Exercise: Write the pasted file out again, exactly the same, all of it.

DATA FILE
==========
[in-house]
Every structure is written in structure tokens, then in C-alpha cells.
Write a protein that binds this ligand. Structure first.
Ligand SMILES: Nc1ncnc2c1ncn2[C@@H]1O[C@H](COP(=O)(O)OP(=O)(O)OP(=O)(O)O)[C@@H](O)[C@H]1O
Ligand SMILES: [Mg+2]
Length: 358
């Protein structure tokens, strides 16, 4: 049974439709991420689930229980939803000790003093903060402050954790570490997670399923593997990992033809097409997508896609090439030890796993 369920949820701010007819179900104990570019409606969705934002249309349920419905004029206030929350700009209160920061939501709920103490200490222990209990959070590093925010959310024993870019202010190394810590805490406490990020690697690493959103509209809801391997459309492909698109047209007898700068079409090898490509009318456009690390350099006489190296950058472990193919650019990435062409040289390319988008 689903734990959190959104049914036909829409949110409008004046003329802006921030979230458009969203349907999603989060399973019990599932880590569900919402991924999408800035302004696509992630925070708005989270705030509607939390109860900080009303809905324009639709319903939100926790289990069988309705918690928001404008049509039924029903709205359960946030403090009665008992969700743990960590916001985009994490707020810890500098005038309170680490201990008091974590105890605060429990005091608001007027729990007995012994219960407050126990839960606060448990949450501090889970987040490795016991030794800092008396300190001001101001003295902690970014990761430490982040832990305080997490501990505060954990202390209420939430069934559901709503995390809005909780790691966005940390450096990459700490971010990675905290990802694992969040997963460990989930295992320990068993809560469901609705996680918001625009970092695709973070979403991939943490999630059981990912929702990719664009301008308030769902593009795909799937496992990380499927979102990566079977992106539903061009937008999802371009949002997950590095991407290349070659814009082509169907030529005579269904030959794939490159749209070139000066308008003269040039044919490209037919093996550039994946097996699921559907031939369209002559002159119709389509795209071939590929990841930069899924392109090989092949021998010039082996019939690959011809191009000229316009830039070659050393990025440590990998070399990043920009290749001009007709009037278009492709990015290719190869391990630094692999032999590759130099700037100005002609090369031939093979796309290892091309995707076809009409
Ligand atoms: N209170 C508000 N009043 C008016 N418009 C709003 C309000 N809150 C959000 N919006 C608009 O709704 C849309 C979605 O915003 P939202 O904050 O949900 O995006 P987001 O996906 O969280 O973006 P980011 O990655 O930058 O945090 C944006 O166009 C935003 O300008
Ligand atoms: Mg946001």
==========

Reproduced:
[in-house]
Every structure is written in structure tokens, then in C-alpha cells.
Write a protein that binds this ligand. Structure first.
Ligand SMILES: Nc1ncnc2c1ncn2[C@@H]1O[C@H](COP(=O)(O)OP(=O)(O)OP(=O)(O)O)[C@@H](O)[C@H]1O
Ligand SMILES: [Mg+2]
Length: 358
């Protein structure tokens, strides 16, 4: 049974439709991420689930229980939803000790003093903060402050954790570490997670399923593997990992033809097409997508896609090439030890796993 369920949820701010007819179900104990570019409606969705934002249309349920419905004029206030929350700009209160920061939501709920103490200490222990209990959070590093925010959310024993870019202010190394810590805490406490990020690697690493959103509209809801391997459309492909698109047209007898700068079409090898490509009318456009690390350099006489190296950058472990193919650019990435062409040289390319988008 689903734990959190959104049914036909829409949110409008004046003329802006921030979230458009969203349907999603989060399973019990599932880590569900919402991924999408800035302004696509992630925070708005989270705030509607939390109860900080009303809905324009639709319903939100926790289990069988309705918690928001404008049509039924029903709205359960946030403090009665008992969700743990960590916001985009994490707020810890500098005038309170680490201990008091974590105890605060429990005091608001007027729990007995012994219960407050126990839960606060448990949450501090889970987040490795016991030794800092008396300190001001101001003295902690970014990761430490982040832990305080997490501990505060954990202390209420939430069934559901709503995390809005909780790691966005940390450096990459700490971010990675905290990802694992969040997963460990989930295992320990068993809560469901609705996680918001625009970092695709973070979403991939943490999630059981990912929702990719664009301008308030769902593009795909799937496992990380499927979102990566079977992106539903061009937008999802371009949002997950590095991407290349070659814009082509169907030529005579269904030959794939490159749209070139000066308008003269040039044919490209037919093996550039994946097996699921559907031939369209002559002159119709389509795209071939590929990841930069899924392109090989092949021998010039082996019939690959011809191009000229316009830039070659050393990025440590990998070399990043920009290749001009007709009037278009492709990015290719190869391990630094692999032999590759130099700037100005002609090369031939093979796309290892091309995707076809009409
Ligand atoms: N209170 C508000 N009043 C008016 N418009 C709003 C309000 N809150 C959000 N919006 C608009 O709704 C849309 C979605 O915003 P939202 O904050 O949900 O995006 P987001 O996906 O969280 O973006 P980011 O990655 O930058 O945090 C944006 O166009 C935003 O300008
Ligand atoms: Mg946001």